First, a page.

Tibetan Folk Tales, by A.L. Shelton, , at sacred-texts.com
Whatever you have promised make it not as changeable as a loop in a string, but as firm as a line on a rock.
ONCE upon a time in a far, far away land, in a very high, high land, when the old world was very, very young and animals and men spoke and lived together, such a thing as gratitude was known.
Away in the mountains was a narrow road that passed along the side of a deep chasm. It was a dangerous place to travel, and along this path one night, just at dark, when a man, a crow, a rat and a snake were walking along together, a part of the road gave way and they fell into the depths below. They were not hurt, but much shaken, and they sat there waiting and thinking of their plight, wondering how they could get out, or what they could do to keep from starving, when a traveler coming along reached the broken road and looked down and saw them. They all at one time began to clamor and beg to be helped out, so he threw a long rope down to them and drew them all out one after the other. They all professed great gratitude and said they would never forget him and never forget the help he had given
them, and that some time they'd help him. The traveler, in his heart, rather scorned the professions of friendship from the crow, the rat and the snake, and really didn't believe they could do anything for him, but thought possibly the man might be able to aid him some time.
A long time after this had taken place, in the palace of the king, in this far away country, the queen was on the top of the flat roof washing her hair. She took off her jeweled necklace and laid it down near her on a low bench, and when her hair was dry went downstairs and forgot her jewels. Near by in the top of a tree sat the crow who had been rescued by the man a long time ago. He saw the necklace and said, "This will be a good present to give to that man who saved me from the chasm," so he flew down, picked it up in his bill, flew away with it and took it to the man and told him where he got it.
The next day the traveler with the necklace met the man he had rescued and said, "Look here. I didn't think that crow would be much of a friend, but see, he has brought me these magnificent jewels that belong to the queen."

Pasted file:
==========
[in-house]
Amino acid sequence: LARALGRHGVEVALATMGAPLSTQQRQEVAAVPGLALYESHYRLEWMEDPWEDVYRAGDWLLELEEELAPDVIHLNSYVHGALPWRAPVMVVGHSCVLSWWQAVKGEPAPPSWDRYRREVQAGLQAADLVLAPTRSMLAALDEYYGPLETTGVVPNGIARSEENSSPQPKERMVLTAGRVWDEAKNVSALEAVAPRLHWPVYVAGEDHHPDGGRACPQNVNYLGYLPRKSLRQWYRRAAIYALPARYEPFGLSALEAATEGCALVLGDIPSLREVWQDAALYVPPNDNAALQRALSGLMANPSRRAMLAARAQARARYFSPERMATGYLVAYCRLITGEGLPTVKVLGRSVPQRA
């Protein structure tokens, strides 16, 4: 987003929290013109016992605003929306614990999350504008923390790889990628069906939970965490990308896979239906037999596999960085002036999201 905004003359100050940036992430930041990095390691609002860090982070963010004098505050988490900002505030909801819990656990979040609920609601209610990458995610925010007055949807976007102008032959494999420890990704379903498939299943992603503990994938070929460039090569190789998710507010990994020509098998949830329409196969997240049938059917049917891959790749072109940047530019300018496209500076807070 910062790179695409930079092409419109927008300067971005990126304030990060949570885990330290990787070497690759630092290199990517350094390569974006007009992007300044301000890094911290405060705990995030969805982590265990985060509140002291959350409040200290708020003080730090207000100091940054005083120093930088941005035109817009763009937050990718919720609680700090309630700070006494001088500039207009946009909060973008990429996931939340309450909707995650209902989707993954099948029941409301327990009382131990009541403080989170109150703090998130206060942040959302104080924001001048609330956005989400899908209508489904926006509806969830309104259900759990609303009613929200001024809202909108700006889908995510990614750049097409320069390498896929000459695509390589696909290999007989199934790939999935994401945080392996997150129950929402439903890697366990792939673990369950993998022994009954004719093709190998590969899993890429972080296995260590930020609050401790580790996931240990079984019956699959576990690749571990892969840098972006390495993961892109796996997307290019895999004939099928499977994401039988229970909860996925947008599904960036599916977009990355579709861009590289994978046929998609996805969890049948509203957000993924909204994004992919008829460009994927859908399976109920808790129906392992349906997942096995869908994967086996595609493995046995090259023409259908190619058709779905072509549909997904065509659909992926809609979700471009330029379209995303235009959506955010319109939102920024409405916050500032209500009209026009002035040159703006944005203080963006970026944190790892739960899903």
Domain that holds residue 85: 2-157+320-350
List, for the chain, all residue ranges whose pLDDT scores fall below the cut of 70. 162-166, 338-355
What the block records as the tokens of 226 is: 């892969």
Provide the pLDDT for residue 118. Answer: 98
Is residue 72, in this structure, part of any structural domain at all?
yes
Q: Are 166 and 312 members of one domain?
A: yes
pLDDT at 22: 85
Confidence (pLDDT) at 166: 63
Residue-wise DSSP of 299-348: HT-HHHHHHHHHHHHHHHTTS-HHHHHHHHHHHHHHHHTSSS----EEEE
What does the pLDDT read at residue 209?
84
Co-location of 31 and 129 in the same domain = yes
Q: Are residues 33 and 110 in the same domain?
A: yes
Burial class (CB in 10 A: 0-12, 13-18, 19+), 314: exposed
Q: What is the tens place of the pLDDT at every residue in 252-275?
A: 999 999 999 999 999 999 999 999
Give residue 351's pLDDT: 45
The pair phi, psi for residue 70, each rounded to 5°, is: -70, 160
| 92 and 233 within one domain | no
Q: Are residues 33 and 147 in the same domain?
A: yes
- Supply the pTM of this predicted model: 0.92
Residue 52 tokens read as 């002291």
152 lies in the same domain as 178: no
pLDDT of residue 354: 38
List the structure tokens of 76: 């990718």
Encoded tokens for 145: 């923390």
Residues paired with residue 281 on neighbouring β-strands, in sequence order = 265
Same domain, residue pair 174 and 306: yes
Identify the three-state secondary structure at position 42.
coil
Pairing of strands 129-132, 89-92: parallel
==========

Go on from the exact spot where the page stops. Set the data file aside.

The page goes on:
The rescued man, hearing this, went at once to the king and said to him, "The queen's necklace you will find in the house of such a man," and gave the name of his rescuer. The king at once sent his men, arrested the traveler and cast him into prison. In that dark old dungeon, with no bed to lie on, the walls dripping moisture, no food to eat, and no friend to bring him any, he
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IN THAT DARK OLD DUNGEON, WITH NO BED TO LIE ON, NO FOOD TO EAT, IN THE COLD AND DAMP, HE WAS ABOUT TO STARVE, WHEN THE RAT HE HAD RESCUED CAME AND ASKED HIM HOW HE HAPPENED TO BE IN THAT PLACE.
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was about to starve to death, when the rat he had rescued and who lived there came and asked him how he happened to be in that place. He related the story of his arrest and the ingratitude of the man he had saved and said he was about to starve and would surely die unless help came very soon. The rat went away, entered into the king's palace, stole the food from his table, carried it to the man in the dungeon and saved him.
Another day the snake came in to see him and asked how it was that he happened to be in the prison. He told him the story again and the snake said, "Never mind, I'll get you free."
Now this snake was a magic snake, and making himself into a ghost wound around and around the king's neck and almost choked him to death. He could be felt but not seen. The king wildly called for his great men, his wise men and his lamas who cast lots and told him that this ghost that was choking him was one of the patron saints of the man in the prison, and if he would loose the prisoner and treat him kindly, his troubles would cease. So he called for the prisoner to be brought before him, gave him much money and many jewels and sent him away speedily.
The king's misery stopped and the traveler was made happy by the friendship of the three whom he had doubted and scorned.